FROM THE TWENTY-SEVENTH JUDICIAL DISTRICT COURT PARISH OF ST.
LANDRY, NO. 18-C-4187-C HONORABLE JASON MECHE, DISTRICT JUDGE
VILLEMARETTE CHRIS VILLEMARETTE, LLC COUNSEL FOR
DEFENDANT/APPELLANT: TRENTON LALIBERTE
NED IN PROPER PERSON COUNSEL FOR PLAINTIFF/APPELLEE: JASEA
composed of John D. Saunders, Elizabeth A. Pickett, and Van
H. Kyzar, Judges.
D. SAUNDERS JUDGE.
case we must decide whether the trial court erred in granting
plaintiff's Petition for Protection from Abuse.
AND PROCEDURAL HISTORY:
September 12, 2018, Plaintiff, Jasea Ned ("Ms.
Ned"), a resident citizen of the state of Louisiana,
filed a Petition for Protection from Abuse against Defendant,
Trenton Laliberte ("Mr. Laliberte"), in the
Twenty-Seventh Judicial District Court, St. Landry Parish,
Louisiana. The petition alleges physical abuse and threats to
her safety that occurred in both St. Landry Parish,
Louisiana, and Fort Bragg, North Carolina, states that
Trenton resides in Fort Bragg, North Carolina, and that the
matrimonial domicile and household is located in North
September 21, 2018, the trial court issued an order of
protection in favor of Ms. Ned and against Mr. Laliberte,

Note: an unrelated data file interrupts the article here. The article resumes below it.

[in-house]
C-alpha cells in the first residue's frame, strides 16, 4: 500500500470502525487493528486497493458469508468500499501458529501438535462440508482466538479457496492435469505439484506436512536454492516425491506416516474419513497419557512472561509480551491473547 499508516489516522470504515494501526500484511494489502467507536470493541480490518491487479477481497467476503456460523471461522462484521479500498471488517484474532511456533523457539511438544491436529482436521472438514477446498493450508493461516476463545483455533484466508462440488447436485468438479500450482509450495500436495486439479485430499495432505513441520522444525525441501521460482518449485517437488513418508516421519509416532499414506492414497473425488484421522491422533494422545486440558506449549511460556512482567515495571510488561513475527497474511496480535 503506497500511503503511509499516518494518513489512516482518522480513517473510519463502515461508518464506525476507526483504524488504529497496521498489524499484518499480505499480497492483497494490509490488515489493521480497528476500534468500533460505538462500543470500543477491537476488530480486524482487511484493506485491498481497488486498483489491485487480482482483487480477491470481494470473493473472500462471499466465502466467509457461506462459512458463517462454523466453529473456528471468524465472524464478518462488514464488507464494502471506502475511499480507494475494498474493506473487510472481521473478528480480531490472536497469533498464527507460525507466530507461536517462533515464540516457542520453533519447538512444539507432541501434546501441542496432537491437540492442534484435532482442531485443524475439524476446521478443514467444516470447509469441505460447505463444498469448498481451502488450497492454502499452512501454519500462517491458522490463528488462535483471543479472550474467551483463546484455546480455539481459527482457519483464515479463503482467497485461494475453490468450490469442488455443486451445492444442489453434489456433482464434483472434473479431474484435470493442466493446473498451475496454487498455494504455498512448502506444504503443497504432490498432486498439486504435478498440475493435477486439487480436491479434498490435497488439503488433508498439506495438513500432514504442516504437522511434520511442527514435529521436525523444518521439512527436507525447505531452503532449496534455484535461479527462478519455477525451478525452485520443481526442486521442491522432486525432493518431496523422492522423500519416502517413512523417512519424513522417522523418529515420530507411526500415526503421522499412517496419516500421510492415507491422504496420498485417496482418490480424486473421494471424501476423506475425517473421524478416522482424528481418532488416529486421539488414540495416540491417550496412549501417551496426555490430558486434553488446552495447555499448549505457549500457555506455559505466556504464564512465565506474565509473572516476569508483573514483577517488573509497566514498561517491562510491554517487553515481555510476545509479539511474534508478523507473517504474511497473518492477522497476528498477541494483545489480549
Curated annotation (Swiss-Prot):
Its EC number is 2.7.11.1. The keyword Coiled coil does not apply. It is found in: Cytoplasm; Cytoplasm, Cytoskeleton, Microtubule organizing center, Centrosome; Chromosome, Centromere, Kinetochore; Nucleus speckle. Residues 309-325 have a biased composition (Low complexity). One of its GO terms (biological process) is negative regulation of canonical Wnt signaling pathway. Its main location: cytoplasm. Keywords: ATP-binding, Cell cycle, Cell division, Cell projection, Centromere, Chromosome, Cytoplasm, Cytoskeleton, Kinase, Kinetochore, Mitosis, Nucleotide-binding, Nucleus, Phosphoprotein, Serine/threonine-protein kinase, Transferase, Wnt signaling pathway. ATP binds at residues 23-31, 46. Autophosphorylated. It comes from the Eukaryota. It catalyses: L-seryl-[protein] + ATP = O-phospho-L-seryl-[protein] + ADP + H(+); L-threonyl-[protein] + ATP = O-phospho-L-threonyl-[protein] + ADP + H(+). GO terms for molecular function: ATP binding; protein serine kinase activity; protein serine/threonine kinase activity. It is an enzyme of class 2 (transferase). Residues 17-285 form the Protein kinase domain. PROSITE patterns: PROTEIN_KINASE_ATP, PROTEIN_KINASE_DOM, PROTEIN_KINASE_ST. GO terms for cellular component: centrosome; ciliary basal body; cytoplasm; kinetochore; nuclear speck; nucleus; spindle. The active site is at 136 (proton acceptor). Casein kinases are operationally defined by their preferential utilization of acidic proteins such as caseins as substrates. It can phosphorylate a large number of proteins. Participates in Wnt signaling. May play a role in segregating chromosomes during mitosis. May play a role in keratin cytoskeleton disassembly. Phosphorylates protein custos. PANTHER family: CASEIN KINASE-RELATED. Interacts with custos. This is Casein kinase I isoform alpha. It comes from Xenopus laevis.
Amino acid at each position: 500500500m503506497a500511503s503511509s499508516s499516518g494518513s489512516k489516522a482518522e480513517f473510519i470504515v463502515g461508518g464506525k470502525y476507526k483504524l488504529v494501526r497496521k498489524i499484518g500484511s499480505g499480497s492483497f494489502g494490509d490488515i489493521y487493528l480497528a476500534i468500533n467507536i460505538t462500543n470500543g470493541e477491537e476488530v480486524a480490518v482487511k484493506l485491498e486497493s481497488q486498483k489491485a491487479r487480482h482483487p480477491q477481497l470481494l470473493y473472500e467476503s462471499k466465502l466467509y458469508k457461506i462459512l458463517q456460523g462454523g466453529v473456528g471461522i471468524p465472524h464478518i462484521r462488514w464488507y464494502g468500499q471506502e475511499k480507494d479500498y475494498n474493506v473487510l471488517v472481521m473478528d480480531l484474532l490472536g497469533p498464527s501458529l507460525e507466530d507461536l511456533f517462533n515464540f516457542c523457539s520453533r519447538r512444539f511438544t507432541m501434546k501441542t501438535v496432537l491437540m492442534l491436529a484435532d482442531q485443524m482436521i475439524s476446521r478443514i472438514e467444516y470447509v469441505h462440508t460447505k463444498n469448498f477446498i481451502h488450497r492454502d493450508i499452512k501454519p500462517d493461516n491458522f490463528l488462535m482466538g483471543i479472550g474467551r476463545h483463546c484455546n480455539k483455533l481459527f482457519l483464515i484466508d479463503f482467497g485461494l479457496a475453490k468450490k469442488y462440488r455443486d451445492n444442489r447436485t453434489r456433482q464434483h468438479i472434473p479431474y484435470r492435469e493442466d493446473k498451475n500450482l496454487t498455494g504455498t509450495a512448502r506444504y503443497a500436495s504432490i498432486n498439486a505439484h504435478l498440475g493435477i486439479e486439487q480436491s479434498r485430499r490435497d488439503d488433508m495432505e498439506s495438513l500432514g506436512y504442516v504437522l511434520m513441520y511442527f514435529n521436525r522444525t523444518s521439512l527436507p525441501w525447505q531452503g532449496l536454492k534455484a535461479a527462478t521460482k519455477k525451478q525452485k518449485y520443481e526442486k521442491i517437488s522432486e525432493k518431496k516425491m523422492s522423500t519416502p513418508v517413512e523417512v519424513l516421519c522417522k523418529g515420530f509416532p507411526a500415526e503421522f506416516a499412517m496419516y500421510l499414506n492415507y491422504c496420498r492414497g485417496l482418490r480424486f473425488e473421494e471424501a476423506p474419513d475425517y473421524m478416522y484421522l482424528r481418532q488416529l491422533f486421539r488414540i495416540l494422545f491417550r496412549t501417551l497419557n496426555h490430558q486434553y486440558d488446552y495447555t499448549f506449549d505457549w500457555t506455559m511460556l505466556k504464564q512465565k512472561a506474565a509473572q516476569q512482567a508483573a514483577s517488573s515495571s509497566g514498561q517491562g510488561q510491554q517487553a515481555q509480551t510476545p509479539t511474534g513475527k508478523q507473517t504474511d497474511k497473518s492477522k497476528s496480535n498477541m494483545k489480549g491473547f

granting her use and possession of all of the household
contents and ordering the military police to accompany her to
the home at 94 Bastogne Drive, Fort Bragg, North Carolina, to
retrieve her belongings. A hearing was set for October 19,
2018, to determine if the temporary restraining order should
be converted to a protective order.
October 19, 2018 hearing, the hearing officer recommended
that a protective order issue. Mr. Laliberte did not appear
at the hearing. The recommendation also states that Mr.
Laliberte was served on September 24, 2018. However, there is
no evidence of service in the record.
November 8, 2018, the district court adopted the hearing
officer's recommendation and a protective order issued in
favor of Ms. Ned and against Mr. Laliberte.
Laliberte timely filed a motion for appeal. Pursuant to that
motion, he is presently before this court alleging two
assignments of error.
1. The trial court erred in failing to comply with the
requirements of the Servicemember[']s Civil Relief Act.
2. The trial court erred in issuing a protective order
without personal jurisdiction over the Appellant.
OF ERROR NUMBER ONE:
first assignment of error, Mr. Laliberte argues that the
trial court erred in rendering judgment against him without
requiring the affidavit of appellee, and further erred by not
appointing an attorney to represent him as required by 50
U.S.C.A. §3931. We find no merit to this contention.
courts are granted wide discretion in the issuance of
protective orders, which we review under the abuse of
discretion standard. Mitchell v. Marshall, 02-15
(La.App. 3 Cir. 5/1/02), 819 So.2d 359. This standard is
highly deferential to the trial court's determination.
LCR-M Ltd. P'ship v. Jim Hotard Props., L.L.C.,
13-483 (La.App. 4 Cir. 10/9/13), 126 So.3d 668.
Borel v. Borel, 17-335, 2017 WL 5484057 (La.App. 3
Cir. 11/15/17), this court noted:
Protective orders are issued in domestic violence matters
under the Domestic Abuse Assistance Statute. La.R.S. 46:2131
et seq. ...